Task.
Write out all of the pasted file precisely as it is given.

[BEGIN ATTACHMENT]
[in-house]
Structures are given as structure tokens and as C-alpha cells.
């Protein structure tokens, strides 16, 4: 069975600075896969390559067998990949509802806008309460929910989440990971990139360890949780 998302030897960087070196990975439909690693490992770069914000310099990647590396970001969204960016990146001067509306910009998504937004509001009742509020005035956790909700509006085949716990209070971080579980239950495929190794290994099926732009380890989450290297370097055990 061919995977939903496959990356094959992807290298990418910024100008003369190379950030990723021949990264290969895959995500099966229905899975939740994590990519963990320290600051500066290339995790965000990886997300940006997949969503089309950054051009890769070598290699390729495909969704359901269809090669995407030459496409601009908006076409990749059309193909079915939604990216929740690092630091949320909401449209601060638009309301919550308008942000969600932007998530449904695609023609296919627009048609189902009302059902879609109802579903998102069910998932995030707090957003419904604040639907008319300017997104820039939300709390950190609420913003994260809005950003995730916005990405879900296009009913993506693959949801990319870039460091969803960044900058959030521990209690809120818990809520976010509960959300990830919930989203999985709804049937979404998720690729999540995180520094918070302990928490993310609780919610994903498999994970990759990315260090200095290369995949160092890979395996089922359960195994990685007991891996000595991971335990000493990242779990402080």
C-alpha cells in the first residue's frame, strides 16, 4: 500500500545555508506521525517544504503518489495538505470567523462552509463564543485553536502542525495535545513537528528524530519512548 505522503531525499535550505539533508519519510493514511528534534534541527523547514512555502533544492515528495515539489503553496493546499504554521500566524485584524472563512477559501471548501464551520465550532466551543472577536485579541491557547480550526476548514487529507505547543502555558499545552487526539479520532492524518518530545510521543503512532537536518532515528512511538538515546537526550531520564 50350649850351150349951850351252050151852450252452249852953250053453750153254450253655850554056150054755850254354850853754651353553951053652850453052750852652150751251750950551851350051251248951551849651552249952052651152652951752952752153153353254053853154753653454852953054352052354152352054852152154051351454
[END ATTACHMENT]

[in-house]
Structures are given as structure tokens and as C-alpha cells.
């Protein structure tokens, strides 16, 4: 069975600075896969390559067998990949509802806008309460929910989440990971990139360890949780 998302030897960087070196990975439909690693490992770069914000310099990647590396970001969204960016990146001067509306910009998504937004509001009742509020005035956790909700509006085949716990209070971080579980239950495929190794290994099926732009380890989450290297370097055990 061919995977939903496959990356094959992807290298990418910024100008003369190379950030990723021949990264290969895959995500099966229905899975939740994590990519963990320290600051500066290339995790965000990886997300940006997949969503089309950054051009890769070598290699390729495909969704359901269809090669995407030459496409601009908006076409990749059309193909079915939604990216929740690092630091949320909401449209601060638009309301919550308008942000969600932007998530449904695609023609296919627009048609189902009302059902879609109802579903998102069910998932995030707090957003419904604040639907008319300017997104820039939300709390950190609420913003994260809005950003995730916005990405879900296009009913993506693959949801990319870039460091969803960044900058959030521990209690809120818990809520976010509960959300990830919930989203999985709804049937979404998720690729999540995180520094918070302990928490993310609780919610994903498999994970990759990315260090200095290369995949160092890979395996089922359960195994990685007991891996000595991971335990000493990242779990402080």
C-alpha cells in the first residue's frame, strides 16, 4: 500500500545555508506521525517544504503518489495538505470567523462552509463564543485553536502542525495535545513537528528524530519512548 505522503531525499535550505539533508519519510493514511528534534534541527523547514512555502533544492515528495515539489503553496493546499504554521500566524485584524472563512477559501471548501464551520465550532466551543472577536485579541491557547480550526476548514487529507505547543502555558499545552487526539479520532492524518518530545510521543503512532537536518532515528512511538538515546537526550531520564 50350649850351150349951850351252050151852450252452249852953250053453750153254450253655850554056150054755850254354850853754651353553951053652850453052750852652150751251750950551851350051251248951551849651552249952052651152652951752952752153153353254053853154753653454852953054352052354152352054852152154051351454